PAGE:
Pulses: the unsung heroes

by | May 29, 2024 | Environment, Hunger Relief

As the world gears up to celebrate World Environment Day this year, the spotlight turns to agricultural practices that rejuvenate our soils and ensure food security. Among these practices, the cultivation of pulses stands out as a remarkably effective strategy, with many varieties being drought-resistant and climate change-resilient. These humble crops are powerhouses that nourish soil and people, making them crucial for sustainable farming and global food security. (The Food and Agriculture Organization even designated February 10 as World Pulses Day). 

What are pulses?

A staple in many diets worldwide, pulses are a category of leguminous crops, grown primarily for their edible seeds. Common examples are lentils, chickpeas, beans, and peas, while lesser-known ones include tarwi beans in the High Ande and Bambara beans, indigenous to West Africa.  

Nutritional benefits

  • High protein content: Pulses are a great plant-based protein source, making them essential for vegetarian and vegan diets. 
  • Rich in fibre: They help in digestion, regulate blood sugar levels and lower cholesterol. 
  • Packed with vitamins and minerals: Pulses contain essential nutrients like iron, potassium and folate, which are crucial for bodily functions and preventing deficiencies. 
  • Low in fat: Their low-fat content makes them a healthy option for weight management and cardiovascular health. 

Lentils and many types of beans have a long shelf life, making them a versatile addition to your pantry and meal planning.

Why pulses are important to soil health  

Enhancing soil fertility  

One of the primary reasons pulses are vital for soil health is their ability to fix atmospheric nitrogen. They belong to the legume family, which forms symbiotic relationships with rhizobium bacteria in their root nodules. These bacteria convert atmospheric nitrogen into ammonia, a form that plants can readily absorb and use for growth. This natural process enriches the soil with nitrogen, reducing the need for synthetic fertilizers, which are costly and often harmful to the environment. 

Moreover, the deep root systems of many pulse crops help improve soil structure by creating channels for air and water to penetrate. This enhances soil aeration and water retention, making the soil more resilient to erosion and drought. Over time, this improved soil structure contributes to higher organic matter content, fostering a healthier and more productive agricultural ecosystem.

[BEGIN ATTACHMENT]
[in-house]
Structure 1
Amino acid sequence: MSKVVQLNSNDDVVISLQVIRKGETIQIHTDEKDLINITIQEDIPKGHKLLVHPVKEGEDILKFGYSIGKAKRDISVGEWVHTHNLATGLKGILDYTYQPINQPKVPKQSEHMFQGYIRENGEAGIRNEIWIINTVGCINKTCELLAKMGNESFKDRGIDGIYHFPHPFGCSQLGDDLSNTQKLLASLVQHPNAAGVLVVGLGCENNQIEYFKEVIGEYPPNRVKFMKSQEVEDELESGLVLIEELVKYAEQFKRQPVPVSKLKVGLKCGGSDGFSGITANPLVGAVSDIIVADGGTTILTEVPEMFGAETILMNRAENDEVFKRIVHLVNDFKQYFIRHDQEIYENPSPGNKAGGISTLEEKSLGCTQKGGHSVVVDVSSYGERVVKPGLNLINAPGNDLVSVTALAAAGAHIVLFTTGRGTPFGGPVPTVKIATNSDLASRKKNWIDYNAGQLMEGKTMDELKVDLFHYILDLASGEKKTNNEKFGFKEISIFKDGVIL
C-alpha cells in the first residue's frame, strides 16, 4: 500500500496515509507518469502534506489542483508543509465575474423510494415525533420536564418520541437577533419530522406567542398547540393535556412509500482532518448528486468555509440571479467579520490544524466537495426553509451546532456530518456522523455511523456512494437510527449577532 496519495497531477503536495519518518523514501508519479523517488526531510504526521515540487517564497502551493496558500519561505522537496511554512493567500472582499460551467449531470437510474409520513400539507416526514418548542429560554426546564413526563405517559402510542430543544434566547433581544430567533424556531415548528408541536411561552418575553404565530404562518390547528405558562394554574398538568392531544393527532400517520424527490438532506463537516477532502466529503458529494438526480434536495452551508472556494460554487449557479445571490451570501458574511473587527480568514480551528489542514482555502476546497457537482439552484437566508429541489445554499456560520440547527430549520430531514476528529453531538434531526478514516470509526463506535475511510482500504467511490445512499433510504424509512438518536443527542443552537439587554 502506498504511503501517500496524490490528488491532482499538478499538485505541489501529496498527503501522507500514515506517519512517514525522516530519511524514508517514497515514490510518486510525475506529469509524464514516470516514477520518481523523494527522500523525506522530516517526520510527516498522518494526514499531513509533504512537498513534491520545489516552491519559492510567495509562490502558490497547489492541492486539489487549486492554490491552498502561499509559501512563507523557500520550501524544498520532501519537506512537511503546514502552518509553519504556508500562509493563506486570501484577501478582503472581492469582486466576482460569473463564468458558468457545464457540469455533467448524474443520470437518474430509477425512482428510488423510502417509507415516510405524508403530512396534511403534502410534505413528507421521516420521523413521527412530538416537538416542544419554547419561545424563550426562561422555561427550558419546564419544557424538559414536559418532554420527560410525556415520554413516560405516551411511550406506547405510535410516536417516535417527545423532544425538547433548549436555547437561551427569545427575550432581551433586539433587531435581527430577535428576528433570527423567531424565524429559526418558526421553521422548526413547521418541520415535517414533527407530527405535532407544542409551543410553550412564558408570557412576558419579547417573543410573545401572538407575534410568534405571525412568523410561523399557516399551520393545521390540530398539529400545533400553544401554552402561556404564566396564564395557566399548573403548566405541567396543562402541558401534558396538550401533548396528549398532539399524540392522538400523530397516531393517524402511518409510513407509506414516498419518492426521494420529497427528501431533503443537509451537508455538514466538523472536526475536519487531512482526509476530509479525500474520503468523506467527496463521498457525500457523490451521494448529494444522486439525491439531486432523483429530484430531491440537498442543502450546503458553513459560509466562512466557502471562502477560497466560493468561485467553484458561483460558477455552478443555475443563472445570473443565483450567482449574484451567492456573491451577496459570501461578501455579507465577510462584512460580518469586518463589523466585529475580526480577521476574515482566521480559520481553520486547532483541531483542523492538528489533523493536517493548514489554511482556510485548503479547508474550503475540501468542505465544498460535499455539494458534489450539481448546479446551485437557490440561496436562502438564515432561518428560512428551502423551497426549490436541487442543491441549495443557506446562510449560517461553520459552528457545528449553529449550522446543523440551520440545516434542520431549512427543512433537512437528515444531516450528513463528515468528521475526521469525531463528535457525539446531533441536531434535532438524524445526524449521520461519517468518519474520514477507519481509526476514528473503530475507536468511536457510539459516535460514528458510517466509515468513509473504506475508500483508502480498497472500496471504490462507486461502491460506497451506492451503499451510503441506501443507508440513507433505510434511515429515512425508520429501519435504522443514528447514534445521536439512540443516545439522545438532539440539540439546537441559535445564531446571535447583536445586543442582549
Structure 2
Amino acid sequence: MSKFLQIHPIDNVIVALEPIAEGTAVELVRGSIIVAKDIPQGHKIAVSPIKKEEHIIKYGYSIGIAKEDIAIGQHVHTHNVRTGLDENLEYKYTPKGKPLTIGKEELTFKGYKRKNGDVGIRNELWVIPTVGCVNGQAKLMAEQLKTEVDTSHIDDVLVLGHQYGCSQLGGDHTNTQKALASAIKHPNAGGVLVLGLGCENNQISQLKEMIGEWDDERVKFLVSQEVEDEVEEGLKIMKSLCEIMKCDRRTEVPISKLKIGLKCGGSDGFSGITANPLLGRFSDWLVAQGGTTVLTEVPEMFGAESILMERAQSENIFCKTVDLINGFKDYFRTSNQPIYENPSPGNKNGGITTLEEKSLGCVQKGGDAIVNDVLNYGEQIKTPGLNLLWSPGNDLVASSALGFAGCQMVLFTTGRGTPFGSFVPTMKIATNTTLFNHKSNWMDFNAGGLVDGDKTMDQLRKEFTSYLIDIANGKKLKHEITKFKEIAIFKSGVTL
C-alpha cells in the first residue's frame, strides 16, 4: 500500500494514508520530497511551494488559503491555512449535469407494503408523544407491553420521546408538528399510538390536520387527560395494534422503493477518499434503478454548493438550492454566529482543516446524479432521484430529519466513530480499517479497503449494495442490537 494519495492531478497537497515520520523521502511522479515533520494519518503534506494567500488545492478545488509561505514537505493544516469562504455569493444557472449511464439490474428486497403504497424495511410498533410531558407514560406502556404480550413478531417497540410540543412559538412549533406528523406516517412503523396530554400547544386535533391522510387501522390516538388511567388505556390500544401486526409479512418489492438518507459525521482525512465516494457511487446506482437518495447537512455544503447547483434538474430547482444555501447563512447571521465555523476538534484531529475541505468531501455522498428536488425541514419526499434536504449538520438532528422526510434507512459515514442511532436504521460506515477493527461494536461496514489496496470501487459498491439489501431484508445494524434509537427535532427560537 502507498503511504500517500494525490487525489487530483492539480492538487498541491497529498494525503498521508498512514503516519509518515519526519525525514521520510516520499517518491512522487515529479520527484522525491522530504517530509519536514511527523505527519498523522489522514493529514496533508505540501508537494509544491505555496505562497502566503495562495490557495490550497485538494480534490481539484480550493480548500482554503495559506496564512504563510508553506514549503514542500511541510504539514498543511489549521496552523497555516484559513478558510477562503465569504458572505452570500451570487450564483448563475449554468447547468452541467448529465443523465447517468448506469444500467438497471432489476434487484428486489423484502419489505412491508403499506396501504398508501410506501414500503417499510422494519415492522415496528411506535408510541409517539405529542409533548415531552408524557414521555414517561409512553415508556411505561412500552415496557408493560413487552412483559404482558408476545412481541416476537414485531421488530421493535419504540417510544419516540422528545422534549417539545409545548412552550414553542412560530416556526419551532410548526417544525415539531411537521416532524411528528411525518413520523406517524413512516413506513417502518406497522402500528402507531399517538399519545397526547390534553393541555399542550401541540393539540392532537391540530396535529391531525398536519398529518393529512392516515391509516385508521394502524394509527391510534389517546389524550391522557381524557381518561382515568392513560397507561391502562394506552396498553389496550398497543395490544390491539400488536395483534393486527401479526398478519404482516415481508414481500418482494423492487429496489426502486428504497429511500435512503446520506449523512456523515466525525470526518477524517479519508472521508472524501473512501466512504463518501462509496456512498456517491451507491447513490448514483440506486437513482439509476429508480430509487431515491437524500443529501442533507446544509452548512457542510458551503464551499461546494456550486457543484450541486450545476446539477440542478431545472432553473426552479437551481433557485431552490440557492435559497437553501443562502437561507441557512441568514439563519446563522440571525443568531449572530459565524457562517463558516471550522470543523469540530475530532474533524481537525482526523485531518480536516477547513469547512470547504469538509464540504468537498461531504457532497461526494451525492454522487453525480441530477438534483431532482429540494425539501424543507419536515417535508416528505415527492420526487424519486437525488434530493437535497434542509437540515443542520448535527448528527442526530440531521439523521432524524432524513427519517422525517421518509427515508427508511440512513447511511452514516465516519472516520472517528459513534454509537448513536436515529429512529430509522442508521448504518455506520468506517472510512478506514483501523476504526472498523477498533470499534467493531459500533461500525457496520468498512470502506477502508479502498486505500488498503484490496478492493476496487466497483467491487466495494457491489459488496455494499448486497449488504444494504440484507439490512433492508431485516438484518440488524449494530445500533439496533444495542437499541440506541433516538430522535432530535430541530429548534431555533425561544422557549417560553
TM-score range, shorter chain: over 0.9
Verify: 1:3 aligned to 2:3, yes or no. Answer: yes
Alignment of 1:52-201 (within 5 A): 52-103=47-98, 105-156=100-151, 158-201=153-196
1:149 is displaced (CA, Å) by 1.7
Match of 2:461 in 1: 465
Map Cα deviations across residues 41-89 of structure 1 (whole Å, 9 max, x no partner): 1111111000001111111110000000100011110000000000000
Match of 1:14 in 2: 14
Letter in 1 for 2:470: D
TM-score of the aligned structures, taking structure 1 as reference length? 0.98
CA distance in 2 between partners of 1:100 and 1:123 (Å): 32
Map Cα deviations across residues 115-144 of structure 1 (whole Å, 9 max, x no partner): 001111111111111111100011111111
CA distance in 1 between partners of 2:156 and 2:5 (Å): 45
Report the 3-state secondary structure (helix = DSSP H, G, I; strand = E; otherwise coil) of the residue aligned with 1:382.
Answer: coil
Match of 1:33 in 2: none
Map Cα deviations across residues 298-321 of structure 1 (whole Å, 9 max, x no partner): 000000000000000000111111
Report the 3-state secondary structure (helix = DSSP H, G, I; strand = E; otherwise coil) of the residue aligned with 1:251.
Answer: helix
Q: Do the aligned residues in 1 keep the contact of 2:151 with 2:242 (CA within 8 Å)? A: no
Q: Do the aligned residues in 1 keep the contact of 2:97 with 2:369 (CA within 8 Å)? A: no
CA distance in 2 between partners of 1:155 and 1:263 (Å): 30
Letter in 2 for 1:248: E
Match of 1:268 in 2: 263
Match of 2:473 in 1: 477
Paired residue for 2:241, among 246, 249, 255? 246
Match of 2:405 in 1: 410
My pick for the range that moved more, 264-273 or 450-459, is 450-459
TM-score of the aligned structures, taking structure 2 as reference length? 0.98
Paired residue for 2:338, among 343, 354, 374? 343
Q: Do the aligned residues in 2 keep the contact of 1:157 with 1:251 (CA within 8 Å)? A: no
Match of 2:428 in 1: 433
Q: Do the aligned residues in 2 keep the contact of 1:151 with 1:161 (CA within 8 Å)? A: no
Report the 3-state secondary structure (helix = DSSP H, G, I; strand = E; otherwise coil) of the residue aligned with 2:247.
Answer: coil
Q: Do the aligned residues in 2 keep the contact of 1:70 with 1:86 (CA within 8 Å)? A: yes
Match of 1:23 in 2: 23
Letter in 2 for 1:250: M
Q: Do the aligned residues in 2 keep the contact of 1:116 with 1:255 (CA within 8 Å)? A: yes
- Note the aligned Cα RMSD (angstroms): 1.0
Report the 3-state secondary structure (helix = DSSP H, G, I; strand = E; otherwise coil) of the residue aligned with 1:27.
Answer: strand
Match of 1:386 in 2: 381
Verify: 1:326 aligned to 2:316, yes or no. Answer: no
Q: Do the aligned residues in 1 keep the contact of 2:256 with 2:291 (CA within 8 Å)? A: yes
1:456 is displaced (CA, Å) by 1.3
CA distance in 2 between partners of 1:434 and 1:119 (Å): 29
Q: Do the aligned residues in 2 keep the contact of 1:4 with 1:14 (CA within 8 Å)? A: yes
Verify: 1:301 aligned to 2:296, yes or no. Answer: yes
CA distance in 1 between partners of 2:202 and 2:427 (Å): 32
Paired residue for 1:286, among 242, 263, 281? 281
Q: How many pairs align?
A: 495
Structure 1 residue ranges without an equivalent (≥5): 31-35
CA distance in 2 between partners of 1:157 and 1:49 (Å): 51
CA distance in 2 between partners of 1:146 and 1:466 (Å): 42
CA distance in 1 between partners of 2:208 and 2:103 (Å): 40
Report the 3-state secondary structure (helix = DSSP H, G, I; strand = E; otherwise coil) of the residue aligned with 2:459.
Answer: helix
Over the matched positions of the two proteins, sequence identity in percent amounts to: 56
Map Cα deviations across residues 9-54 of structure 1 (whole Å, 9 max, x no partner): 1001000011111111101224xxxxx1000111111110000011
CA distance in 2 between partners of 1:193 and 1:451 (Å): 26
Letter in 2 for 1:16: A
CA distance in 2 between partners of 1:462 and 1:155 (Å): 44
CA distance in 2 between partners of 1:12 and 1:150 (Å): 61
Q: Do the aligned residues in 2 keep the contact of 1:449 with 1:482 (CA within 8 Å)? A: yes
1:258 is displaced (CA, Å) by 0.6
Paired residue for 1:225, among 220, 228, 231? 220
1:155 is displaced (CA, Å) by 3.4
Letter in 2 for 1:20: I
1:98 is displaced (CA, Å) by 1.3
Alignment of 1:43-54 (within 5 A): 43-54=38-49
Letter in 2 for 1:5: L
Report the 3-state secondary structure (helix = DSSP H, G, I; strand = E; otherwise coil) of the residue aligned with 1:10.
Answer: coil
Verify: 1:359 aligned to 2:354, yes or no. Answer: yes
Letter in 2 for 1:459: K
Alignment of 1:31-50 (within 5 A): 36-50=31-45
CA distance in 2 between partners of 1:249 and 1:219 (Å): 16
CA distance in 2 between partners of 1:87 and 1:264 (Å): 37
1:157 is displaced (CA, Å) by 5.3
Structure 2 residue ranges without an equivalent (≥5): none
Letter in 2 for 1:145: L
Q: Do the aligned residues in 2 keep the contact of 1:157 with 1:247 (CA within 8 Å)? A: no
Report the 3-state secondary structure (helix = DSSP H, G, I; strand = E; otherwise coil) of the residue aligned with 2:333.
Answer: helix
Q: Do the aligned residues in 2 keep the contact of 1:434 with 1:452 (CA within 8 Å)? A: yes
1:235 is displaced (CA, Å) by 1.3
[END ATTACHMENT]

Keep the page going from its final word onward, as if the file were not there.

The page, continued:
Combatting soil degradation 

Soil degradation, characterized by the decline in soil quality and productivity, is a significant threat to global food security. Pulses play a crucial role in mitigating this issue through their soil restorative properties. By incorporating pulses into crop rotations, farmers can break pest and disease cycles, reduce soil erosion, and improve soil fertility.  

Additionally, pulses produce substantial amounts of biomass both above and below ground. When pulse residues are left in the field after harvest, they decompose and add organic matter to the soil. This organic matter acts as a reservoir of nutrients and improves soil tilth, further enhancing soil health and productivity. In fact, it has been shown that cereals grown in rotation after pulses yield on average 1.5 tonnes more per hectare than those grown without pulses

Why pulses can support global food security  

Healthy soils are the foundation of food security. With the global population expected to reach 9.7 billion by 2050, the demand for nutritious food will increase significantly. Pulses, rich in protein, fibre, vitamins, and minerals, are a vital part of the human diet. By improving soil health, pulses help ensure that agricultural lands remain productive and capable of meeting future food demands. 

5 questions with GSK Canada

5 questions with GSK Canada

Second Harvest is humbled by the incredible support we receive to fight food insecurity and reduce our country’s environmental footprint. We had the chance to ask a few questions to Alison Pozzobon, Head of Communications and Interim Head of Government Affairs and...